Regrettably, I now have to report that the Council has paid lip-service to its commitment for an assessment and meeting, but there is no sign of any continuing or meaningful engagement. It’s beginning to look as if it might stick with the cheaper, less robust original scheme and cut down the trees.
Cllr Andy Simmons also complained that ‘the comments received from the campaign group are a relatively small minority of the views that I’ve received overall..’ as if a group that has the backing all of you who signed this petition and crowdfunded for a design to retain bridge and trees, count as just one voice. He obviously wants to hear from more of us! Please, could as many of you as possible email or tweet Cllrs Andy Simmons and Catherine Rose to politely show them that the majority want to save the oaks? Thank you.
To: Southwark Council
Save the Cox's Walk Footbridge Oak Trees
Place Tree Preservation Orders on the two oaks they plan to cut down.
Why is this important?
**We are in discussions with the Council. Please scroll down to the bottom of this page for the latest updates. Last updated 28 September 2020**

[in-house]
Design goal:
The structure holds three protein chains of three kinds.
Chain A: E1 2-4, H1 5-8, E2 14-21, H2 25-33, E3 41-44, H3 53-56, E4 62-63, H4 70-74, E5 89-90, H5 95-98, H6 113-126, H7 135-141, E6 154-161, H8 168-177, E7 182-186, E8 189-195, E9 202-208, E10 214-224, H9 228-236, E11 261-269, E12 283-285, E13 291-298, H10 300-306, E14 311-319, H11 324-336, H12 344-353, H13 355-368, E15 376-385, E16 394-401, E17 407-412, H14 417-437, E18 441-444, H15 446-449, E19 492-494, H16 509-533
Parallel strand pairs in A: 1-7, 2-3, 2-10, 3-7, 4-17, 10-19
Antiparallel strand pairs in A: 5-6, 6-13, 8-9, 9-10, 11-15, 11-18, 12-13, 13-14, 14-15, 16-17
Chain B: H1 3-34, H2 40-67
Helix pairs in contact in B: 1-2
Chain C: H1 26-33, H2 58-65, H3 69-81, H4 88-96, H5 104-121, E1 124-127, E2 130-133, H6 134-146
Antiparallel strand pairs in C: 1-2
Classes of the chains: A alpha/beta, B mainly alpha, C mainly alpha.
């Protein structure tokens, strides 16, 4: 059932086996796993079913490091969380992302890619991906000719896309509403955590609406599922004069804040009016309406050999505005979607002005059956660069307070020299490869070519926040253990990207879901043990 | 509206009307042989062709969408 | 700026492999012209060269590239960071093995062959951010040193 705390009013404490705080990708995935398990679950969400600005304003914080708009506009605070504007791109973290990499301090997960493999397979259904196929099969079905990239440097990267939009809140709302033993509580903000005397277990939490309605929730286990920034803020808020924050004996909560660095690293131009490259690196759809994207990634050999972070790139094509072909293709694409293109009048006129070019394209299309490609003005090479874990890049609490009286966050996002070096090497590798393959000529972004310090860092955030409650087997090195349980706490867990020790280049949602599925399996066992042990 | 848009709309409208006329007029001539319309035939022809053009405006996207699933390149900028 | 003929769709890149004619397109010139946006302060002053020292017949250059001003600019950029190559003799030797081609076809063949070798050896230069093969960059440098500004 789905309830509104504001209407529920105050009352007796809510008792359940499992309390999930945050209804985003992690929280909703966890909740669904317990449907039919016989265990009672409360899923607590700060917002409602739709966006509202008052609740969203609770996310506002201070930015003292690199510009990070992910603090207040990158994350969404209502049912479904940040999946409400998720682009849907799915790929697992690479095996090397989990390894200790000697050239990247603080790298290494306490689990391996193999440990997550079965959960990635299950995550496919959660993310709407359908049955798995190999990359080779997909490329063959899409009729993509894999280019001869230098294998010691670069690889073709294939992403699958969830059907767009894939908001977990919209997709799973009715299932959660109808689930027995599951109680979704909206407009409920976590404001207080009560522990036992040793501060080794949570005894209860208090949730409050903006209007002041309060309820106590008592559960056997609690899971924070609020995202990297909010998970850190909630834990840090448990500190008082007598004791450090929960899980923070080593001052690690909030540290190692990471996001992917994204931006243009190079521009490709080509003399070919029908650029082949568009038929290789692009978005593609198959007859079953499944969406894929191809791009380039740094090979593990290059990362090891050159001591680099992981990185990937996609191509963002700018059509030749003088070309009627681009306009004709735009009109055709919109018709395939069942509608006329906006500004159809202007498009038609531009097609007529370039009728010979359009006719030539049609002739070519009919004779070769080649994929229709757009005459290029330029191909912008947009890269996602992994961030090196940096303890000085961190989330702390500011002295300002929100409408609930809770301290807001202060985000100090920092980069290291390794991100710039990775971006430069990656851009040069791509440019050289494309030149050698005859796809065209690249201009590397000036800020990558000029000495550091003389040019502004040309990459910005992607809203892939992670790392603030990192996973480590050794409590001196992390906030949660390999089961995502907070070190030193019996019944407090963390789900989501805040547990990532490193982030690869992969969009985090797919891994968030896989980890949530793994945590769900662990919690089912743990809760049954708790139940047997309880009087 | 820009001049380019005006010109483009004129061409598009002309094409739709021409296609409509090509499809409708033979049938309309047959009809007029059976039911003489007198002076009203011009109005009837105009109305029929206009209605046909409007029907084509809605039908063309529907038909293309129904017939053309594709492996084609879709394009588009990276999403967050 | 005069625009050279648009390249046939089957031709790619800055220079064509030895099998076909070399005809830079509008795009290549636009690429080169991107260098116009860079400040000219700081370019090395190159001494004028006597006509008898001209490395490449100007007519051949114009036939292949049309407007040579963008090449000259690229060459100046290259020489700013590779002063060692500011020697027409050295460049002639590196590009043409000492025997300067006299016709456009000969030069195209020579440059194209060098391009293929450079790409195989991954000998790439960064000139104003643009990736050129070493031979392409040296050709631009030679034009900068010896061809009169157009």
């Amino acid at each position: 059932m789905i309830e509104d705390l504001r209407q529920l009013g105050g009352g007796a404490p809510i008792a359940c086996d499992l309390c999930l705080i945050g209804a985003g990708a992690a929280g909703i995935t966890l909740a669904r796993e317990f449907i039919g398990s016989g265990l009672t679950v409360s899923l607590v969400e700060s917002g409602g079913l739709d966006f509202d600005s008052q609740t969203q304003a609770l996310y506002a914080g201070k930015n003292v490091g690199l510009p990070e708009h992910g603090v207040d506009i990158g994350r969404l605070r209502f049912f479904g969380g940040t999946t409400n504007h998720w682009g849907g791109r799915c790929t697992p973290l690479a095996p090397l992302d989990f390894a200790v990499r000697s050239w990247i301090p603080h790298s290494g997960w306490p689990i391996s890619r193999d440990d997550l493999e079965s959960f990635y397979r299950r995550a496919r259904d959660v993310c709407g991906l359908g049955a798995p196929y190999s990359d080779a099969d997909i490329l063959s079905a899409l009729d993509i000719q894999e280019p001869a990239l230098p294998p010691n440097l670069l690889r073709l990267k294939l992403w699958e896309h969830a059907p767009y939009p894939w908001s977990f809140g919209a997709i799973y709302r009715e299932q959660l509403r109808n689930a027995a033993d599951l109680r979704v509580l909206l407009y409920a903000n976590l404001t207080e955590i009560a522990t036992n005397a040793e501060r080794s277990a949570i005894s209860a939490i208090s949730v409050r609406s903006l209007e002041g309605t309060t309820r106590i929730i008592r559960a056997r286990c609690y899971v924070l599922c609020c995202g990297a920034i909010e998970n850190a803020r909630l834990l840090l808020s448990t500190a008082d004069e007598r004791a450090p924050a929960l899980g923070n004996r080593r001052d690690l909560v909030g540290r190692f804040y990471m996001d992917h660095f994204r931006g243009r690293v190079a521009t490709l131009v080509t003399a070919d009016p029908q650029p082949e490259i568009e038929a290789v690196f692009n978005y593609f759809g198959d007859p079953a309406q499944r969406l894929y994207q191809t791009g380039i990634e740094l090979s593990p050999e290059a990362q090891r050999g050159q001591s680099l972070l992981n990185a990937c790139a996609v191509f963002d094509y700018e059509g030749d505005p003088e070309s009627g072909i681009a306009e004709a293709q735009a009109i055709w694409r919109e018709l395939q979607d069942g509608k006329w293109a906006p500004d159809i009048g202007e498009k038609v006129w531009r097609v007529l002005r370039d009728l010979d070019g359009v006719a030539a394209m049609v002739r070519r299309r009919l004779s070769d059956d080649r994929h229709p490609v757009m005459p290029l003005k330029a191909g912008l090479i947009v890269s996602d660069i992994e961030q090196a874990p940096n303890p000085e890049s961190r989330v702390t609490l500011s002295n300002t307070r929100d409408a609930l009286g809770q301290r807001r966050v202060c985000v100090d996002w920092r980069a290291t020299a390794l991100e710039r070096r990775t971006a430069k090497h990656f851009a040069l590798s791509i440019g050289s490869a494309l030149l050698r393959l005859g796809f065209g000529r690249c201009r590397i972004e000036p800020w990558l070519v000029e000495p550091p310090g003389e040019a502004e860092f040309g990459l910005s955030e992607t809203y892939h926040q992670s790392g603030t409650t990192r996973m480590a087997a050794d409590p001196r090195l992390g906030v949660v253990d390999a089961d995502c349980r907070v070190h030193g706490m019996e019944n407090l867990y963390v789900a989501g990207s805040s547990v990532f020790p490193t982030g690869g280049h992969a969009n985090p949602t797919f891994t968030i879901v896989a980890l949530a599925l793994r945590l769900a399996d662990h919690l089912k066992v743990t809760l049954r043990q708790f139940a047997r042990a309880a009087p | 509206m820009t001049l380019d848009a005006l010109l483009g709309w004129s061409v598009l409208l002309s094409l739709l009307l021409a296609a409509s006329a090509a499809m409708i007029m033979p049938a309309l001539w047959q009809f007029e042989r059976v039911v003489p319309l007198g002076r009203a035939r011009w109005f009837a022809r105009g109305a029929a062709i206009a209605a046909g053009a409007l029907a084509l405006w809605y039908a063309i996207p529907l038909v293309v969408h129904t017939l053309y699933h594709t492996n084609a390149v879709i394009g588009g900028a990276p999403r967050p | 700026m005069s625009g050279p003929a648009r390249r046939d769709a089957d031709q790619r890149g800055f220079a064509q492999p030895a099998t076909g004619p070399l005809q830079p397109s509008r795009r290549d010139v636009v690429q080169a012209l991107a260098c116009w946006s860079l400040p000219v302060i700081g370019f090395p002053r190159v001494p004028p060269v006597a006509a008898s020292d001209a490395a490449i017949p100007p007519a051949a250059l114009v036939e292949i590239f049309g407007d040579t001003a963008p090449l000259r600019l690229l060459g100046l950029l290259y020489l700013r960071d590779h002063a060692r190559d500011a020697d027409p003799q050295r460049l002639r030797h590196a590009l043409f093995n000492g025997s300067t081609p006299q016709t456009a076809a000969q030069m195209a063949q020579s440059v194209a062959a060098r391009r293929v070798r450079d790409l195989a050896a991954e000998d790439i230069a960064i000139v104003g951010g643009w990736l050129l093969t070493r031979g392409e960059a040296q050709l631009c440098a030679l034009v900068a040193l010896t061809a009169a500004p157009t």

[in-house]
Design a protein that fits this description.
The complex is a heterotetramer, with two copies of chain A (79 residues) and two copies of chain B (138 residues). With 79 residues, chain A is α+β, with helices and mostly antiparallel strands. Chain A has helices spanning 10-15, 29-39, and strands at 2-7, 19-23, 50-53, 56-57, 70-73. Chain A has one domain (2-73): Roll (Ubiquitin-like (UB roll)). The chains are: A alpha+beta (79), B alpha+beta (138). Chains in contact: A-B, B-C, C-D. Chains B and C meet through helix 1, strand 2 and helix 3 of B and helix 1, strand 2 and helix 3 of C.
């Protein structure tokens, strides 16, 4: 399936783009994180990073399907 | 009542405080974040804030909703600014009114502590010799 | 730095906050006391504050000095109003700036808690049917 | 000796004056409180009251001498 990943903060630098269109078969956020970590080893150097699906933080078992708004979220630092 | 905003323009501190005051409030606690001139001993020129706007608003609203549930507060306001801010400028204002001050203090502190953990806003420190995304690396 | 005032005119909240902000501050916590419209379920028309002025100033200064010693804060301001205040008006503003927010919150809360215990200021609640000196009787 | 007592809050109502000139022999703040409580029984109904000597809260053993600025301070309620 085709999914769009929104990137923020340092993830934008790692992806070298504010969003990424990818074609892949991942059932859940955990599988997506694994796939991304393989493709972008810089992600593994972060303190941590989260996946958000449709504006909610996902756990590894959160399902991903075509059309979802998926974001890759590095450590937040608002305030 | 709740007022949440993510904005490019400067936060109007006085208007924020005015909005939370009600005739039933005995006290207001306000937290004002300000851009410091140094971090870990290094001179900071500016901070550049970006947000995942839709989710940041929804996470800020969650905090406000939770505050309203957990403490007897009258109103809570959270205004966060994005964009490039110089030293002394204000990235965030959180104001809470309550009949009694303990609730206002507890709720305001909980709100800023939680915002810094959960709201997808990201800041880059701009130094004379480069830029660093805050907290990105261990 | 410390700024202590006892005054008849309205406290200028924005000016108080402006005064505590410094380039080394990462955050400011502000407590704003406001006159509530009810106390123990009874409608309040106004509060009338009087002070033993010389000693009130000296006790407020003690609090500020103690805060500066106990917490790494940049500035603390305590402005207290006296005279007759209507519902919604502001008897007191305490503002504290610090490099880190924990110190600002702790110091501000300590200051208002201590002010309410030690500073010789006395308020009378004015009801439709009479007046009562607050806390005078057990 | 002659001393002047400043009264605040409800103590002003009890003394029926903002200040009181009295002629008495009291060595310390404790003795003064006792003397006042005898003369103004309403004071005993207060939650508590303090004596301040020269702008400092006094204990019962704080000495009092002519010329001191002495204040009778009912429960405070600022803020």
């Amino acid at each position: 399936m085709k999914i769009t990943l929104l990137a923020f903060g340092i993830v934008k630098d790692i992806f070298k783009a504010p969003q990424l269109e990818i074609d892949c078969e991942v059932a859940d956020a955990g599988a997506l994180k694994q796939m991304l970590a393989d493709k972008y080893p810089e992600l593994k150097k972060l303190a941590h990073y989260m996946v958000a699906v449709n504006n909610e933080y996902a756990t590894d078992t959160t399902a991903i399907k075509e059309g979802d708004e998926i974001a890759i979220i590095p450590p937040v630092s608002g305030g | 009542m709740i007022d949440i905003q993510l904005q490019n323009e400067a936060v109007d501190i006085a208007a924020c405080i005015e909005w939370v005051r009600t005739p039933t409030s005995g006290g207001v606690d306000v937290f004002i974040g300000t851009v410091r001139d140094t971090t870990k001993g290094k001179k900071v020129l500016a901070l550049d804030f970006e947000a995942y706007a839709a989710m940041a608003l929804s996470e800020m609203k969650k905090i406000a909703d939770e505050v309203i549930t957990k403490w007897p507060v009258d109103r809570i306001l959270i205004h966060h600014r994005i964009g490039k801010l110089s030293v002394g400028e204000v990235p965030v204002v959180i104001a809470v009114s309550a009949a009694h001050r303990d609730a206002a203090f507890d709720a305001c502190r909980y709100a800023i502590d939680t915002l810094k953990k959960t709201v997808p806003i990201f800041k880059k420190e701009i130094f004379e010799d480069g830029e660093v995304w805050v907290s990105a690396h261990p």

These two, hundred-year old oak trees stand on each side of the west end of Cox's Walk Footbridge, Sydenham Hill Woods. They are like sentinels, welcoming and guarding the bridge, and their magnificent canopy dapples the bridge in green shade. But these trees are due to be felled this autumn, just to make life easy for Southwark Council when they carry out repairs to the footbridge. That would be a loss of hundreds of years of life for these beautiful, healthy oaks and the life they support.
• Southwark Council is trying to blame these trees for damage to the bridge but the engineer’s assessment states it is lateral pressure from the soil on both sides of the bridge that is the problem.
• There has been some damage to the brickwork by roots, but ivy roots not oak roots.
• The abutment walls that need repair were rebuilt in the 1980s (exact date unknown) without needing to remove the trees, so we know it can be done.
• No assessment appears to have been done of the impact on the stability of the slope and the water table removal of these trees will have.
• Oak trees have a rich biodiversity, supporting hundreds of insect species, birds, fungi, mosses and lichens.